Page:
Every ball joint replacement instructional video or website I've looked up online indicates that to remove the ball joint you must use a special tool to pop the ball out of the socket.

When ordering new parts for my Mk1 Golf/Rabbit I realised the ball joints look like this:

I'm assuming I can just bolt off/on the ball joint at the base. The only thing that concerns me is the top - I'm not sure how that attaches as it does not appear threaded.

Would anyone know if any special tools are required for this job?

enter image description here

  • 2
    I'm unfamiliar with the Mk1 Golf but sometimes these types of ball joints are riveted in place. Those bolts are replacements for the rivets.
    – Ben
    Commented Apr 26, 2017 at 3:05
  • Yes, you will need to drill out the rivets if the old ball joint is original
    – user28910
    Commented Apr 26, 2017 at 18:13

3 Answers 3


Just to integrate the comment of Ben and the answer from Chuck:

Most of the time the ball joints are riveted to the suspension arm, then you need to drill the rivets to remove the joint. The top of the ball joint gets locked by a pinch bolt. Displayed is a similar design: enter image description here

Just remove the pinch bolt and use a crowbar/similar tool between arm and knuckle to force the suspension arm downwards (perhaps use a piece of wood to protect the anti-rust coating of the arm).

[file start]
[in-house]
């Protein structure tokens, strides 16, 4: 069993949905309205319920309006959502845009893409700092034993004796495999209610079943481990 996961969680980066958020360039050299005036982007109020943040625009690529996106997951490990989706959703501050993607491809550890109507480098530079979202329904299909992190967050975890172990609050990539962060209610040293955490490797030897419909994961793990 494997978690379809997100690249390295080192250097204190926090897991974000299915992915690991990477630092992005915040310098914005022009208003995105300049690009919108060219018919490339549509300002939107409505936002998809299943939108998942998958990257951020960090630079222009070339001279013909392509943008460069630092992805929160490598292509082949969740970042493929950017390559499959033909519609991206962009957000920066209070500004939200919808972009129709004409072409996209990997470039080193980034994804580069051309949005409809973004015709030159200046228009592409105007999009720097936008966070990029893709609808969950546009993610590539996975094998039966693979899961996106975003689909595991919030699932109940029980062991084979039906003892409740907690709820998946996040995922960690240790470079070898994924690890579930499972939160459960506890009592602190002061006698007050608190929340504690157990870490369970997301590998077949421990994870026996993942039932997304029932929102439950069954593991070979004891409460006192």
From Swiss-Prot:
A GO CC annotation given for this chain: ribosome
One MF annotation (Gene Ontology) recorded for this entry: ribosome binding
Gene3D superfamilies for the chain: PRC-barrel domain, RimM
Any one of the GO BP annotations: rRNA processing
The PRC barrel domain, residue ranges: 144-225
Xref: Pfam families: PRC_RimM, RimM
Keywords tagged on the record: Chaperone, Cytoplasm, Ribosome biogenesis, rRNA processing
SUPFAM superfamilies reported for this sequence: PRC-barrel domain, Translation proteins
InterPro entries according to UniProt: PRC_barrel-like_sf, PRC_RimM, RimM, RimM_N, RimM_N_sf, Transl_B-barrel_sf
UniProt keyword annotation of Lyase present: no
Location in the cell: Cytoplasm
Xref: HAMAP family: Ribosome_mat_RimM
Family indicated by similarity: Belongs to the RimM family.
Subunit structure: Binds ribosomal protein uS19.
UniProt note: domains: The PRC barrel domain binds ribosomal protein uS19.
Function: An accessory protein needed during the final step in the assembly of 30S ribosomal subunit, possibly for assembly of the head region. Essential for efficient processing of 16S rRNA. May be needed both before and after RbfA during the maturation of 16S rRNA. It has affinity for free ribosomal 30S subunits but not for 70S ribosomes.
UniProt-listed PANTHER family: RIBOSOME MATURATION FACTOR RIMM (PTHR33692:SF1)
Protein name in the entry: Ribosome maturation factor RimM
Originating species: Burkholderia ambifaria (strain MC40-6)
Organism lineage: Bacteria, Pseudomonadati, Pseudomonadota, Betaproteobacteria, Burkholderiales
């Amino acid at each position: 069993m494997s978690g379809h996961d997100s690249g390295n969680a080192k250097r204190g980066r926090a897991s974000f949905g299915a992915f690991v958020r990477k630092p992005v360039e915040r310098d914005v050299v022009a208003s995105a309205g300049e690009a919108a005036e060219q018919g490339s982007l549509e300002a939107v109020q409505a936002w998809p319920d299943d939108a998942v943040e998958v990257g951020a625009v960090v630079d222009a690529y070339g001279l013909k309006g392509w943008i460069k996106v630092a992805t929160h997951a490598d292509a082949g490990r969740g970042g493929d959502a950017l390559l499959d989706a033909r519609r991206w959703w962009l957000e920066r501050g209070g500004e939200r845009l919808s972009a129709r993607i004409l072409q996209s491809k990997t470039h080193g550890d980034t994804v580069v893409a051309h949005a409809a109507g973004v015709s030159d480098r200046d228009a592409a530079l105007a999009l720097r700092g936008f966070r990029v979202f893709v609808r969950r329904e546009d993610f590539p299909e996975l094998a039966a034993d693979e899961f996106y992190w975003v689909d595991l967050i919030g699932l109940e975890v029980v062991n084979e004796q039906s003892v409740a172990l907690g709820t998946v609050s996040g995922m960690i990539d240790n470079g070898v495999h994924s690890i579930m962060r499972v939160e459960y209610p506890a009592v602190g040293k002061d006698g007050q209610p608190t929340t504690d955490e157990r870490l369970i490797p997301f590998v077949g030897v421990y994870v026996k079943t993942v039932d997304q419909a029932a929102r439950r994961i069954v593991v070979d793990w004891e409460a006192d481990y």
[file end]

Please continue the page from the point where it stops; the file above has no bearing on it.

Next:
On assembling use thread locker on the pinch bolt and on the base bolts. Also use the correct torque (I do not know it) on those bolt as those are connections that allow no fault

  • I usually use a prybar to spread the gap a little bit (the gap the pinch bolt clamps down) then wiggle and pull the ball joint down and out. It's not just a pinch bolt; it also catches the notch on the shaft. So if it doesn't go back in, look down the hole and see if it's aligned. The ball joint can't escape unless the pinch bolt falls out entirely. Commented Apr 27, 2017 at 19:40

Looking from the picture, the balljoint is held in place by a pinch bolt. All you will need is a hammer, chisel(screwdriver), and some spray lubricant. I would also use thread-locker on the bolts that connect the balljoint to the spindle. Ive seen them loosen over time when you dont use thread locker.


On the Mk1 Golf, only the early models had the balljoints riveted in. I've had Mk1 Golf since 1998 and have never encountered a ball joint that wasn't bolted to the wishbone.

It's also worth mentioning that there are two sizes so it's important that you measure the diameter of the spindle piece that goes into the hub. I once encountered a car that had two different sizes across it's front wheels.

You generally don't need anything more than a sturdy pry-bar to remove the hub from the balljoint. I usually free them by placing something sturdy on the wishbone and jumping on it. Make sure the car is very well supported though.

  • Welp, over the weekend I had a chance to look. Looks like, on this 1993 car, they were still riveting. I'm getting the steering rack replaced by a professional so I think I'll get them to do these too.
    – MeltingDog
    Commented May 1, 2017 at 21:55

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